Researchers Discover Dinosaur with Shimmering Rainbow Feathers Like a Hummingbird

Posted January 17, 2018

Based on different shapes of the cells, palaeontologists can predict the colouring of the dinosaurs' feathers, a technique that was first developed in 2010.

Other interesting features of the dinosaur are the bony crest on its snout, a long and narrow skull, and its short forelimbs that recall modern birds.

Don't be fooled by the fossil's slate hue: Newly discovered Caihong juji, a winged dinosaur that roamed what is now China around 161 million years ago, was likely bursting with color-a shock of blue and green around its face, and streaks of orange highlighting its wings and tail.

A description of the exquisitely preserved, chicken-sized dinosaur was published on January 15 in the journal Nature Communications.

Since that year, the scientists from the University of Texas at Austin and Shenyang Normal University have been examining the body to know more about the dinosaur.

Caihong is the earliest known animal with asymmetrical feathers and the earliest evidence to date of a species that may have had bright iridescent feathers.

It's been named Caihong, the Mandarin word for rainbow.

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"To be honest, I am not sure what function the feathers have, and I don't think that you can completely exclude the possibility that the feathers helped the animal to get in the air", paleontologist Xing Xu of the Chinese Academy of Sciences tells Dunham. The plumage on its neck contain what appears to be traces of melanosomes - wide, pigment-containing packets that give feathers their colour.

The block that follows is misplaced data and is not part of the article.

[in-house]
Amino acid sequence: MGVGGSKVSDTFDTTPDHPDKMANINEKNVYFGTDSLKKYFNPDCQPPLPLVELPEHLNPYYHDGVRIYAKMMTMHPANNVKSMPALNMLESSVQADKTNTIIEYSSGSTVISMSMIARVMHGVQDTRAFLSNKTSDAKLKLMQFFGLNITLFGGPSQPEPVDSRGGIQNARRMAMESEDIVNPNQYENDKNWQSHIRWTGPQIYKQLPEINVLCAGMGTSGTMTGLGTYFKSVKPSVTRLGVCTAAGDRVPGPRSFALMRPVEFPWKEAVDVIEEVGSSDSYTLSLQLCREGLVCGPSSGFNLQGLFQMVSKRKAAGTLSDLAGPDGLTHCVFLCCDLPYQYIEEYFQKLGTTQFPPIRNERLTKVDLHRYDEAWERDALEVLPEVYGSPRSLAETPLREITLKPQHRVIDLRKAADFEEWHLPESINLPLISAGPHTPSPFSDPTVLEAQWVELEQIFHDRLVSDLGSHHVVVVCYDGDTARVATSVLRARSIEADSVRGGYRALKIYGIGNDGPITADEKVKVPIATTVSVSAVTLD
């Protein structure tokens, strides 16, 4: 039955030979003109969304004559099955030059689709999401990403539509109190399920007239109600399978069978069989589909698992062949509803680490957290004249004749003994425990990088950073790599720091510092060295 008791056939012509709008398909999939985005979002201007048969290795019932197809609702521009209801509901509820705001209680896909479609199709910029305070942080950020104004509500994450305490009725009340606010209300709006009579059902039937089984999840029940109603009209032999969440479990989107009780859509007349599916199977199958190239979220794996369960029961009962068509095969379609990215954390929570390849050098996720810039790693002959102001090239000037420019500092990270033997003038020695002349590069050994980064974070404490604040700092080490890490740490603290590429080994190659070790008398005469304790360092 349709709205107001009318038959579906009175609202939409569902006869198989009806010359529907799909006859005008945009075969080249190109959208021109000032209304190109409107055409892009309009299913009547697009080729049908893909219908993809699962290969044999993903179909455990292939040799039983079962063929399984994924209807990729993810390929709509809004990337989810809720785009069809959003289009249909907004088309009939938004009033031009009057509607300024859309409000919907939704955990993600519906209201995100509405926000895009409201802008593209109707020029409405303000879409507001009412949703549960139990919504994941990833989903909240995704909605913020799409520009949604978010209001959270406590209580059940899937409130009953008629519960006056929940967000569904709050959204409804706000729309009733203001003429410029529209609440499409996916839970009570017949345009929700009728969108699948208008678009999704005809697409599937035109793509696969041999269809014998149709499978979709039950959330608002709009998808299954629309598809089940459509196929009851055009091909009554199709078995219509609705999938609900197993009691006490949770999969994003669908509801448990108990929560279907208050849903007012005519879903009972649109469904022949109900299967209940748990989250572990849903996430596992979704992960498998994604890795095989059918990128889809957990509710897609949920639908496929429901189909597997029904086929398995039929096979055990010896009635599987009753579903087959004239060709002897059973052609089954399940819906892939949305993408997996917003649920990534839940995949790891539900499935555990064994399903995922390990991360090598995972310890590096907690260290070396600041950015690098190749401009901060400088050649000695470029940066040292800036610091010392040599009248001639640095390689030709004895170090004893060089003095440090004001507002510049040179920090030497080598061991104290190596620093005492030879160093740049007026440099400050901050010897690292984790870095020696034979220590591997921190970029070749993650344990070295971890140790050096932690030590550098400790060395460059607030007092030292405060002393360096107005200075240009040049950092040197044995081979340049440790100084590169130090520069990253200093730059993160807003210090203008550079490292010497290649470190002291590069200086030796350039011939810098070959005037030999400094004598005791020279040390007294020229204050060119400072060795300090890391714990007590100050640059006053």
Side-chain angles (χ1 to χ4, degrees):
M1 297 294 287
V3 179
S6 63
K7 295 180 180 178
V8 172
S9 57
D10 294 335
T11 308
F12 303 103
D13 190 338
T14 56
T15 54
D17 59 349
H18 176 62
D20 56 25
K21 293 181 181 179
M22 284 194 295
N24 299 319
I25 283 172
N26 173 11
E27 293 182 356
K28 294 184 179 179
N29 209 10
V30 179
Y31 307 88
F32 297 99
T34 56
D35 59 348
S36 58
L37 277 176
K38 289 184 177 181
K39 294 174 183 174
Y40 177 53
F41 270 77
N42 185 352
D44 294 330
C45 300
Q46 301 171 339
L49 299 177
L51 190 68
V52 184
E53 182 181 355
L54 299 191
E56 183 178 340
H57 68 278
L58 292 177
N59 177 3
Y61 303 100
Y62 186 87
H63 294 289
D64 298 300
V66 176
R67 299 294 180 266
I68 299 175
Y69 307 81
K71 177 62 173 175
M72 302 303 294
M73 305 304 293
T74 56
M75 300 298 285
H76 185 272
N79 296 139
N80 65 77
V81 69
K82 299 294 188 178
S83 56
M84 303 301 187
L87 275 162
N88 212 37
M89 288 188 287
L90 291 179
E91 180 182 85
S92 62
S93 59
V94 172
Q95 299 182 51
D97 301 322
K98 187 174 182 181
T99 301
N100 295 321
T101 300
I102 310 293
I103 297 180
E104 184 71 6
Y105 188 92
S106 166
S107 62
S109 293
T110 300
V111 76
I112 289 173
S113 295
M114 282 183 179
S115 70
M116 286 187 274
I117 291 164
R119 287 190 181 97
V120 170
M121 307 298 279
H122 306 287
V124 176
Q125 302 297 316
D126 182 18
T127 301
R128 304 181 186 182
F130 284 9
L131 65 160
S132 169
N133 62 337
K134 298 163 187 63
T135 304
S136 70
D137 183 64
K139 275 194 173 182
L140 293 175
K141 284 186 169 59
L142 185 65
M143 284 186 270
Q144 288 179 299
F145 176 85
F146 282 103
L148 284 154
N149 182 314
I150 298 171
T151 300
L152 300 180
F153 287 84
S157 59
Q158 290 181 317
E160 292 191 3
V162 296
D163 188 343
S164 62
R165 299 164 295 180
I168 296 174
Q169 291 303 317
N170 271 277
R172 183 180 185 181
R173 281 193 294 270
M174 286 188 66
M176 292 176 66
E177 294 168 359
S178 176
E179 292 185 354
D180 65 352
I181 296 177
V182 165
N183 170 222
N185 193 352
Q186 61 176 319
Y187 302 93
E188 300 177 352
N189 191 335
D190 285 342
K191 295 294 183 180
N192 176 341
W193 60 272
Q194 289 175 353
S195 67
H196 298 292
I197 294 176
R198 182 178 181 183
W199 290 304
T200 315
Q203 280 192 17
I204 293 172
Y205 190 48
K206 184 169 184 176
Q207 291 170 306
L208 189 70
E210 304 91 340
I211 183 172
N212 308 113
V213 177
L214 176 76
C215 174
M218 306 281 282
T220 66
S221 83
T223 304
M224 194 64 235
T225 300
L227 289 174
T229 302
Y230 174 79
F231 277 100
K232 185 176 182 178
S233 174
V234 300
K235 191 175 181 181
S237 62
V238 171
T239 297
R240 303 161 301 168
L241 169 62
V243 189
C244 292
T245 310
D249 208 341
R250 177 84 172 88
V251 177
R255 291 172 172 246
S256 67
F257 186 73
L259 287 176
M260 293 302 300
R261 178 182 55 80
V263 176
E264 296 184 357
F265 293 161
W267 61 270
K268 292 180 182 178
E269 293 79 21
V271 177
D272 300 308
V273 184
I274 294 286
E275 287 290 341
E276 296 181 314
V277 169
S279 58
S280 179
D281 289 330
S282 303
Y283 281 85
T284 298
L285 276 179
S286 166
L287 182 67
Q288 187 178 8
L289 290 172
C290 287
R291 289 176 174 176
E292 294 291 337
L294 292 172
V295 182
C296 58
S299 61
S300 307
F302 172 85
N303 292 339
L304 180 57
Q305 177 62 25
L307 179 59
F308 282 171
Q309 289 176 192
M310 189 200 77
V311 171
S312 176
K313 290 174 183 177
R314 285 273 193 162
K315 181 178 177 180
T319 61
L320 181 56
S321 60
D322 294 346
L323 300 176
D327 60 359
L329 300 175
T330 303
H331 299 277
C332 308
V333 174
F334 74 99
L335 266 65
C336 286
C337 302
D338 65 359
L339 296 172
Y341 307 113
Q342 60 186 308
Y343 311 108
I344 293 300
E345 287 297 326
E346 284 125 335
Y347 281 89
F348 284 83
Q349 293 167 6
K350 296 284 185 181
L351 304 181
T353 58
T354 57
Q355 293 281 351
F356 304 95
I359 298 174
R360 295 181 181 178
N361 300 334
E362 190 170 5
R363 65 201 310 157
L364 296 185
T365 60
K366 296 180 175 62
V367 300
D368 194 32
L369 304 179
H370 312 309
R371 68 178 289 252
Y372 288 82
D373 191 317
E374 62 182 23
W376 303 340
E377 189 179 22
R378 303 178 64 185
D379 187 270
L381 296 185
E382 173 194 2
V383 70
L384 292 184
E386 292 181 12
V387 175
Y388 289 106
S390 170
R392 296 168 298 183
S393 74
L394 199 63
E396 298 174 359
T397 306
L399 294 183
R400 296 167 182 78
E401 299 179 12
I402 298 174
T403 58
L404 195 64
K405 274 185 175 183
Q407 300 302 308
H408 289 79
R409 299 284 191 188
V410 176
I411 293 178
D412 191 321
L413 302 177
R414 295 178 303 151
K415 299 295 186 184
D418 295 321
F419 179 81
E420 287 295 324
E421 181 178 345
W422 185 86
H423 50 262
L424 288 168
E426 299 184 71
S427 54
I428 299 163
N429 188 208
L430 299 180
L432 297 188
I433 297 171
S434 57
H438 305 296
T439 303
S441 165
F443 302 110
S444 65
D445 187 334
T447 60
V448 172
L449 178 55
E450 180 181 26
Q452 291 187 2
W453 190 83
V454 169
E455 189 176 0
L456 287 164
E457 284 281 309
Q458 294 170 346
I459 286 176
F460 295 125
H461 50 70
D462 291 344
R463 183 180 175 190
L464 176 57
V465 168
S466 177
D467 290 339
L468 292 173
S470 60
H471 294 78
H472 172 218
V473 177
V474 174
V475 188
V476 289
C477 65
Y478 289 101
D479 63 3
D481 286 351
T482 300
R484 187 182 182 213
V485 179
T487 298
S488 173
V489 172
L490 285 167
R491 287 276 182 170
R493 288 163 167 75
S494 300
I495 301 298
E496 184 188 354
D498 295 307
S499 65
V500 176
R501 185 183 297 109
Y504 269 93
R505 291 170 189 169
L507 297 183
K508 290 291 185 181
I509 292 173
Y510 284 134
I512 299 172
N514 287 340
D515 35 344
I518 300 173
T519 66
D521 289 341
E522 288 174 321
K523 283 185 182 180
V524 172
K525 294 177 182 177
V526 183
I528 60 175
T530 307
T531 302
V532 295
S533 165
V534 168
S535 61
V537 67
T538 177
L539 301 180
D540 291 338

Their shape determines the colour and Caihong's feathers had pancake-shaped melanosomes, similar to those of vibrantly coloured hummingbirds.

Caihong's were on its tail, suggesting tail feathers, not arm feathers, were first utilized for aerodynamic locomotion.

The slab of rock, found by a farmer in 2014, contained almost a complete skeleton. The impressions preserved the shape of the melanosomes.

"Here we report a distinctive new Yanliao theropod species bearing prominent lacrimal crests, bony ornaments previously known from more basal theropods", researcher Chad Eliason of the Field Museum in Chicago, said as part of a study published in the journal Nature Communications. "It is really cool ... or maybe creepy looking depending on your perspective". Birds evolved from small feathered dinosaurs near the end of the Jurassic Period. The researchers say it is the earliest known dinosaur to display feathers of this type and, though they are found today on the wingtips of modern birds, Caihong's asymmetrical feathers were found on its tail.

"This combination of traits is rather unusual", said Julia Clarke, from the University of Texas at Austin, a co-author of the study. He helped analyze the microstructural fossil evidence for color in the new specimen while he was a postdoctoral researcher at the UT Jackson School of Geosciences.

This combination of old and new traits is evidence of mosaic evolution, the concept of different traits evolving independently from each other, he says.